LOS ANGELES – The equipoise between carotid stenting and endarterectomy received a further boost in 10-year results from the landmark Carotid Revascularization Endarterectomy versus Stenting Trial (CREST) that compared the two options head-to-head.
Reported the day after results from another big trial that pitted carotid stenting against surgery, the Asymptomatic Carotid Trial (ACT I), the new long-term results from the CREST study mean that deciding among the options relies largely on patient preference although individual clinical characteristics might favor one approach or the other, experts said.
The big remaining unknown and wild card is whether doing no procedural intervention at all and relying entirely on optimal, contemporary medical treatment works just as well as endarterectomy or carotid stenting. The role for stand-alone medical therapy against carotid surgery or stenting (on top of medical therapy) is currently undergoing a formal, direct comparison in the randomized Carotid Revascularization and Medical Management for Asymptomatic Carotid Stenosis Trial (CREST-2).
Taking the 5-year outcome results from ACT I and the 10-year outcome results from CREST both into account, “we now have a lot of evidence that both carotid stenting and surgery are safe and durable. The results support both options” for either patients with symptomatic carotid artery stenosis or asymptomatic patients with carotid stenosis as extensive as in the patients enrolled in these trials, said Dr. Thomas G. Brott at the International Stroke Conference.
“In routine practice, we lay out the options of endarterectomy, carotid stenting, or no intervention with just medical treatment to patients and let them decide,” noted Dr. Brott, professor of neurology and director of research at the Mayo Clinic in Jacksonville, Fla.
CREST randomized 2,502 symptomatic or asymptomatic patients with significant carotid stenosis during 2000-2008 at 117 U.S. and Canadian centers. From this group, 1,607 consented and were available for long-term follow-up, done at a median of 7.4 years and as long as 10 years after follow-up.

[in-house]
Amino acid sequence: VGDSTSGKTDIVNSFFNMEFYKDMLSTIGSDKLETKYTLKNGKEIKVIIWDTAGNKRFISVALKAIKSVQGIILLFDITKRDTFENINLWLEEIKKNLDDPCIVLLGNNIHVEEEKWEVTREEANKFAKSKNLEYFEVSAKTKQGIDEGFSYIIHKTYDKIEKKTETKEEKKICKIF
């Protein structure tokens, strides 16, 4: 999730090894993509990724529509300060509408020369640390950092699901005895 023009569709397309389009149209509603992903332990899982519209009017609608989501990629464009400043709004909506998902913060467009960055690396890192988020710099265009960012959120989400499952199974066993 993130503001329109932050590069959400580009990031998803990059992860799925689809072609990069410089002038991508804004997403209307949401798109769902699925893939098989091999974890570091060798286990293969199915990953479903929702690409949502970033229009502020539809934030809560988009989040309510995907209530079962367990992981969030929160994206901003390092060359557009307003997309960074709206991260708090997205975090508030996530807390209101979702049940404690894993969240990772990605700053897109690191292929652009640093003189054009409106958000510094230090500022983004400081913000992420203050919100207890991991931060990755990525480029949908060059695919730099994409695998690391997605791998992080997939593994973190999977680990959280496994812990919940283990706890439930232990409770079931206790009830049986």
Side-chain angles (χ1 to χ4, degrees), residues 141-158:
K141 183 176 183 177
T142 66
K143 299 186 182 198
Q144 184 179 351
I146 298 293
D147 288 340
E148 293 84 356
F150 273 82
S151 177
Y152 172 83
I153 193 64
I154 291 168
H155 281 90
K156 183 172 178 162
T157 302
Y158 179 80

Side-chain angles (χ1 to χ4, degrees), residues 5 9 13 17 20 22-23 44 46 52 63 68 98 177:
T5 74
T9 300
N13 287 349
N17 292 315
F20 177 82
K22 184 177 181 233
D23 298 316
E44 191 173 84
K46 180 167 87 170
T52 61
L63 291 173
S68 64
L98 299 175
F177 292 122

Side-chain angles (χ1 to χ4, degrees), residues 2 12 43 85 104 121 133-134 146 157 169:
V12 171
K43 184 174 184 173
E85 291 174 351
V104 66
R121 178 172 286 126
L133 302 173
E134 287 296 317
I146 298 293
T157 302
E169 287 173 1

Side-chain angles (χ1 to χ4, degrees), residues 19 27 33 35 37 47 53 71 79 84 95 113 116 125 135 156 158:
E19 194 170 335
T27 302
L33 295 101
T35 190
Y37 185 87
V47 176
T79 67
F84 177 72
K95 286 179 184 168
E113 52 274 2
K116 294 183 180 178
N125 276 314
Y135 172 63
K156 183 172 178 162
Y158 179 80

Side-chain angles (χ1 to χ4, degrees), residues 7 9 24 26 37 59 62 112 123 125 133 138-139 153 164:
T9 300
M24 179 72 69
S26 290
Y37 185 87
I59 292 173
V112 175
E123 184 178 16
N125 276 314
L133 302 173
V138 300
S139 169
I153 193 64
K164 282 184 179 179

The study’s primary, long-term endpoint was stroke, MI, or death during the periprocedural period (30 days after treatment or 36 days after enrollment depending on when the procedural intervention occurred) plus the rate of ipsilateral stroke during up to 10 years of follow-up. This combined endpoint occurred in 10% of the patients who underwent endarterectomy and in 12% of those who had stenting, a difference that was not statistically significant, Dr. Brott reported. Concurrent with his presentation at the meeting, sponsored by the American Heart Association, the results also were published online (N Engl J Med. 2016 Feb 18. doi: 10.1056/NEJMoa1505215).
The results included a secondary endpoint that showed a significant benefit for endarterectomy. The tally of periprocedural strokes or deaths plus ipsilateral strokes during 10-year follow-up was 8% for the surgical group and 11% for those who received a stent, a 37% excess hazard with stenting.
Dr. Brott attributed this secondary difference between the two arms of the study to a statistically significant excess of stroke or death during the periprocedural period in the patients treated by stenting, and more specifically an excess of strokes. The rate of total periprocedural strokes was 4% with stenting and 2% with endarterectomy, a statistically significant difference. Although an embolic protection device was used “when feasible” during stenting, this protection can be fallible, Dr. Brott noted. In contrast, the results from the ACT I trial showed no statistically significant difference in the rate of periprocedural total strokes between the stented and endarterectomy patients.
Dr. Brott had no relevant disclosures. The CREST trial received partial funding from Abbott Vascular.
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